Helicobacter pylori Modulates the Lifespan and Cell Death Mechanisms of Human Neutrophils
Hosted by the Microbiology and Immunology department. Light refreshments will be served.
Des Moines University faculty, staff, and students.
Helicobacter pylori infects the human stomach and causes a spectrum of disease that includes gastritis, peptic ulcers, and gastric adenocarcinoma. A chronic, neutrophil-rich inflammatory response characterizes this infection. Dr. Whitmore's research demonstrates that neutrophils infected with H. pylori display cell surface changes and have a significantly longer lifespan. Moreover, preliminary data suggest that H. pylori-infected neutrophils may generate neutrophil extracellular traps (NETs), incrementally releasing their DNA into the extracellular space where it can be used by H. pylori as a purine source. H. pylori may therefore exploit neutrophil lifespan plasticity and alternative cell death mechanisms as part of a virulence strategy to create a milieu that favors bacterial persistence.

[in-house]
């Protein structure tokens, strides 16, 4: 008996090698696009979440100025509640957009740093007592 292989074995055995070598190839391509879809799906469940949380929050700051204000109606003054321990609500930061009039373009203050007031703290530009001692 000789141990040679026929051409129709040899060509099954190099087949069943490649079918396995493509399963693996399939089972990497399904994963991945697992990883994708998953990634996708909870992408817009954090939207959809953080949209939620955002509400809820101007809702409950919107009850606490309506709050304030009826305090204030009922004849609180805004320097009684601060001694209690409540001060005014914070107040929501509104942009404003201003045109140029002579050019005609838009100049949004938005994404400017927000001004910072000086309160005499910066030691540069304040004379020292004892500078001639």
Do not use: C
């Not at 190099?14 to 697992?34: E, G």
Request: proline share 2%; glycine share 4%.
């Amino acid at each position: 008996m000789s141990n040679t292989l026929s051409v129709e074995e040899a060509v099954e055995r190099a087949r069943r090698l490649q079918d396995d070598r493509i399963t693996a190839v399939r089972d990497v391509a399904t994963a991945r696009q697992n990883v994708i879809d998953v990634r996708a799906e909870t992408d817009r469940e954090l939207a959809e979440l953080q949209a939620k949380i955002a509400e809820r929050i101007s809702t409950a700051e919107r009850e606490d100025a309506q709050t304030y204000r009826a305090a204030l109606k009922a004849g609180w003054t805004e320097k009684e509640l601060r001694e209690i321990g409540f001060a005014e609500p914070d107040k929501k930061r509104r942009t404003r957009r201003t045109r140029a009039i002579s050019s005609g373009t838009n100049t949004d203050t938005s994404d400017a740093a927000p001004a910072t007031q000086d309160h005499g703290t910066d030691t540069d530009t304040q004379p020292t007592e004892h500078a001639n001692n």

- Recognize the importance of studying neutrophil and H. pylori interactions, especially in the context of increasing antibiotic resistance.
- Distinguish between normal neutrophil cell death by apoptosis and atypical neutrophil death such as observed in H. pylori-infected neutrophils.
Laura C. Whitmore, PhD
Inflammation Program, University of Iowa
Des Moines University is located on a 22-acre campus in the heart of Des Moines, Iowa. Just west of downtown on Grand Avenue, the University is located in one of Des Moines' most prestigious neighborhoods. The campus is in a historic neighborhood filled with tree-lined streets and gracious older homes and businesses. Its central location makes it easy to access the rest of the city and outlying communities. The campus is close to the Des Moines International Airport, located on the bus line and just blocks from local shopping and downtown Des Moines.
- 1.00 CE Contact Hour(s)